Indigenous leaders criticise 'disrespect' to Gillard

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Media captionThe BBC's Duncan Kennedy: "Ms Gillard was grabbed by her bodyguard, literally racing her along the ground"

Indigenous leaders in Australia have condemned "disrespect" shown to Prime Minister Julia Gillard at a protest.

She and opposition leader Tony Abbott had to be rescued by riot police after angry protesters surrounded them at a restaurant in Canberra on Thursday.

Ms Gillard, dragged by her bodyguard, stumbled and lost a shoe in a dramatic rush to her car.

Supporters of the city's Aboriginal Tent Embassy were apparently angered by comments Mr Abbott had made earlier.

He had questioned the relevance of the camp in a TV interview, in light of current plans to recognise indigenous people in the country's constitution. The protesters saw the remarks as suggesting that it was time for the camp to come down.

On Friday, a group of more than 200 activists marched on Parliament House, blocking a main road in the capital, chanting "always has been always will be Aboriginal land", Australian media reports.

Police retreated as the protesters approached and stopped outside the front door. Some in the group burnt the Australian flag to loud cheers. They marched away after about an hour.

Comments 'misinterpreted'

Indigenous leaders expressed shock at the incident on Thursday and ''disrespect'' shown to the prime minister.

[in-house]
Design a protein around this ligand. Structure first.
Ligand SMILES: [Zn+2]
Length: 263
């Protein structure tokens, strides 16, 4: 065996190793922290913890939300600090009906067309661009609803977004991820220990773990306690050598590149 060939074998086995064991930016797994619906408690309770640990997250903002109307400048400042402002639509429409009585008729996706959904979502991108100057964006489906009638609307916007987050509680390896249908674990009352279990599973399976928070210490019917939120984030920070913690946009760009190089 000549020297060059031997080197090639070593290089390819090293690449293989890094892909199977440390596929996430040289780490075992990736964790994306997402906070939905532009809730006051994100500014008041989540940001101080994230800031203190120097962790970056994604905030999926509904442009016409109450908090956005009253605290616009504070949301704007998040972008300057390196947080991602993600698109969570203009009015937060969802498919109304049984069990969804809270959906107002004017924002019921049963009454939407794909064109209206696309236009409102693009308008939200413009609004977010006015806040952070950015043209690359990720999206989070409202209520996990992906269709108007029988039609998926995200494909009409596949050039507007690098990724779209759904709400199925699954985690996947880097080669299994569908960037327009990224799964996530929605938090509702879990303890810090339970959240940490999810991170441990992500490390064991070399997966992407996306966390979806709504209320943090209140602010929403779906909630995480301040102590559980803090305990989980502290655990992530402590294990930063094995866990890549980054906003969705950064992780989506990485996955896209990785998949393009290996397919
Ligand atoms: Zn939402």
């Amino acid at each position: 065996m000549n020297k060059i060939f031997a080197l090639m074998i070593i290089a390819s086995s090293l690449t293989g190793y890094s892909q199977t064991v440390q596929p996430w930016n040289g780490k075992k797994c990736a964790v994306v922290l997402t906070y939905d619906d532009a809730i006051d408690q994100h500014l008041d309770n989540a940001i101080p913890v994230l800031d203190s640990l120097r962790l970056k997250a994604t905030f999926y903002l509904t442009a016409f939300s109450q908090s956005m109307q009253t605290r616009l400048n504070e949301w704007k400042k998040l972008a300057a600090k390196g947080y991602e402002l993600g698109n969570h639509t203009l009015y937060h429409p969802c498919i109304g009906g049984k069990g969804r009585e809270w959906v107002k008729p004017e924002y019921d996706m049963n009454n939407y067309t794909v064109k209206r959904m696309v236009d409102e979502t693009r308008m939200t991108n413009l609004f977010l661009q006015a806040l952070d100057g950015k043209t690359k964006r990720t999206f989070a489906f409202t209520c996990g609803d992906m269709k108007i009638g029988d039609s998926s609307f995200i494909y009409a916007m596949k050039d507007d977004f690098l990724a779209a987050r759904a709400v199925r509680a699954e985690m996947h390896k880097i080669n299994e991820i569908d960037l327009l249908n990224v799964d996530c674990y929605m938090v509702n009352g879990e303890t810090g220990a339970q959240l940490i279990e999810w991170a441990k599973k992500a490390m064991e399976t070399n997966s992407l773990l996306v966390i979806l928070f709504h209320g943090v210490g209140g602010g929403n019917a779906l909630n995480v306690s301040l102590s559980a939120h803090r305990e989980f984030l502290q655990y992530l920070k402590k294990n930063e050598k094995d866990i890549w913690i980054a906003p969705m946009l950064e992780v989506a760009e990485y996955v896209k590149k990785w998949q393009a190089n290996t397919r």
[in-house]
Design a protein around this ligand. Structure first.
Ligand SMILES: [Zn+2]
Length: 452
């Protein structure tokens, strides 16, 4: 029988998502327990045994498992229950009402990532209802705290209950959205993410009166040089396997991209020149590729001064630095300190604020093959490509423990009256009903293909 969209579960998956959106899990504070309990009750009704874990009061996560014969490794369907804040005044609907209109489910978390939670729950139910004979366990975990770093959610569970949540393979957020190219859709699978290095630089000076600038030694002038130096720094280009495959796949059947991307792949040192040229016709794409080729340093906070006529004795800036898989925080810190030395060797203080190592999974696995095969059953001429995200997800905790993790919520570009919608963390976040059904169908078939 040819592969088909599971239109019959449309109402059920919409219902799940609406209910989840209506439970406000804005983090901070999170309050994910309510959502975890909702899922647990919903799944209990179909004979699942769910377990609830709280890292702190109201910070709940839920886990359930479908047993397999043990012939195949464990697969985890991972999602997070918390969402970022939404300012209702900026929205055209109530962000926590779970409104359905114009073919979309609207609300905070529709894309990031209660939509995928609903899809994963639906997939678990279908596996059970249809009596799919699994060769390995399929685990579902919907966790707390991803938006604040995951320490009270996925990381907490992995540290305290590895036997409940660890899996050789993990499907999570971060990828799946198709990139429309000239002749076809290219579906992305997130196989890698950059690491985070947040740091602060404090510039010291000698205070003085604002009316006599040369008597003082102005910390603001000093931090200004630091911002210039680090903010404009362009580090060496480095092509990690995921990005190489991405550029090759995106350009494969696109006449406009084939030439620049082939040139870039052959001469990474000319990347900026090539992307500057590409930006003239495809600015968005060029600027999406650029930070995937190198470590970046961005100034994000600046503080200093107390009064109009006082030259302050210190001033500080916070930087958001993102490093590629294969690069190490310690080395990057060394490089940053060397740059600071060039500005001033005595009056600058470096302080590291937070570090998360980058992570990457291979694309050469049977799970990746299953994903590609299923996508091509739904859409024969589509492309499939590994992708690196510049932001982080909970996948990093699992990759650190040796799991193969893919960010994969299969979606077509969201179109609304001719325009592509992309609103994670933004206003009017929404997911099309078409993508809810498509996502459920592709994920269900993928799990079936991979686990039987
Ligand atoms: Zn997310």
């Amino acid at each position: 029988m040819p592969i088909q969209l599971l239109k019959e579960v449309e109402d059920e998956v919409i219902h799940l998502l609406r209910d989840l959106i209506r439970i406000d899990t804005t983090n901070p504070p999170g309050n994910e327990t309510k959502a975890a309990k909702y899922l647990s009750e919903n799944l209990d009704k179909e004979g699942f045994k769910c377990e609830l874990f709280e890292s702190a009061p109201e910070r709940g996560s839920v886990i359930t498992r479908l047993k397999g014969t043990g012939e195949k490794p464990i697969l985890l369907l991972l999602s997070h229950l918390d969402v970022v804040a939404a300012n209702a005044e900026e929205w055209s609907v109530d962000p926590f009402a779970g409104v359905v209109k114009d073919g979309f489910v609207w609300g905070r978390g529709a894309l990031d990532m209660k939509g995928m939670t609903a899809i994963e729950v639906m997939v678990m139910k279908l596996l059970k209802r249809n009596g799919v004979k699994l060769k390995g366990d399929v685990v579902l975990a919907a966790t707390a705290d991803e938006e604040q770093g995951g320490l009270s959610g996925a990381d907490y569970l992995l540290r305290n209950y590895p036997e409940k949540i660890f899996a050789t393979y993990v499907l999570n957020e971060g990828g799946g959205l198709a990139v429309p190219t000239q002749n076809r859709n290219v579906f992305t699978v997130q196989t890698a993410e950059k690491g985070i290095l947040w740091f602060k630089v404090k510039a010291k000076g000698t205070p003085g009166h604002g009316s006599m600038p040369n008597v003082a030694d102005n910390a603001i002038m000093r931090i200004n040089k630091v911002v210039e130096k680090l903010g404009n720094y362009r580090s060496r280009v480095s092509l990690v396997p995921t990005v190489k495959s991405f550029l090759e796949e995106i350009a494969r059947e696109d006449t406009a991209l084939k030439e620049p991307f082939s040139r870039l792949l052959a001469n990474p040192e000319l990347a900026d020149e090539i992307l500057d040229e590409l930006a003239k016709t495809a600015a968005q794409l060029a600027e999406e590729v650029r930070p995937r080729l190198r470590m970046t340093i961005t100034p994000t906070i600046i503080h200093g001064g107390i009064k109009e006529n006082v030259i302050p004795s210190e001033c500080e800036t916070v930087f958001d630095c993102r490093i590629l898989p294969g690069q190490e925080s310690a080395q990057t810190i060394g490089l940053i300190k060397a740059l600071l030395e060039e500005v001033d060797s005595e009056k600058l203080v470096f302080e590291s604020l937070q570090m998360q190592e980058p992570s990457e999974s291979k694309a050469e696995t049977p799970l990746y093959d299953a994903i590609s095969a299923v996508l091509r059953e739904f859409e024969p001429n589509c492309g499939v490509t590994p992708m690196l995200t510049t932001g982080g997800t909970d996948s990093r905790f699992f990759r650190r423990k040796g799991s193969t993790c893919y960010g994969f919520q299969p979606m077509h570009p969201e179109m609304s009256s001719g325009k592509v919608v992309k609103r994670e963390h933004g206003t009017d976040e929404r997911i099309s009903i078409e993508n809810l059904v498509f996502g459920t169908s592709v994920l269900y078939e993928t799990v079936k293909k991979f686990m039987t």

Image caption Opposition leader Tony Abbott says his comments have been "misinterpreted"

"While we need to acknowledge that there's a real anger, frustration and hurt that exists in some indigenous communities around Australia, we must not give in to aggressive and disrespectful actions ourselves," Aboriginal and Torres Strait Islander Social Justice Commissioner Mick Gooda told ABC radio.

Another indigenous leader, Warren Mundine, called for those responsible to ''feel the full force of the law''.

"No human being, let alone the prime minister of this country, should be treated in such a way," said the former president of the Australian Labor Party.

On Friday, Mr Abbott defended his comments as "perfectly reasonable" and said they were misinterpreted - he did not say the camp should be taken down.

''I never said that and I don't think that," he said. "I ask you please, I ask you very respectfully, judge me by what I said.''

The tent embassy was established in 1972 by four men as a protest against the prime minister of the time's refusal to acknowledge indigenous land rights.

Supporters had gathered for a three-day Corroborree for Sovereignty to mark the 40th anniversary.

About 200 angry protesters surrounded the Lobby restaurant, banging on the glass and chanting ''racist'' and ''shame''. Riot police were called to escort Ms Gillard and Mr Abbott out.

Speaking at an Australia Day function at her official residence after the incident, Ms Gillard said she was fine.

"I am made of pretty tough stuff and the police did a great job."

On Friday, Tent Embassy spokesman Mark McMurtrie hit out at police on ABC News Breakfast.

"The only violence you can see came from the police, so don't say it was a violent protest, it was a violent reaction to the protest," he said.

"We went there to ask her [the prime minister] and Mr Abbott to come down and speak to us, that's all we went there for. We went there [peacefully].''

An indigenous leader, Chris Graham of the New South Wales Aboriginal Land Council, told ABC that ''an offer has also been made for the prime minister to come to the embassy to collect her shoe''.

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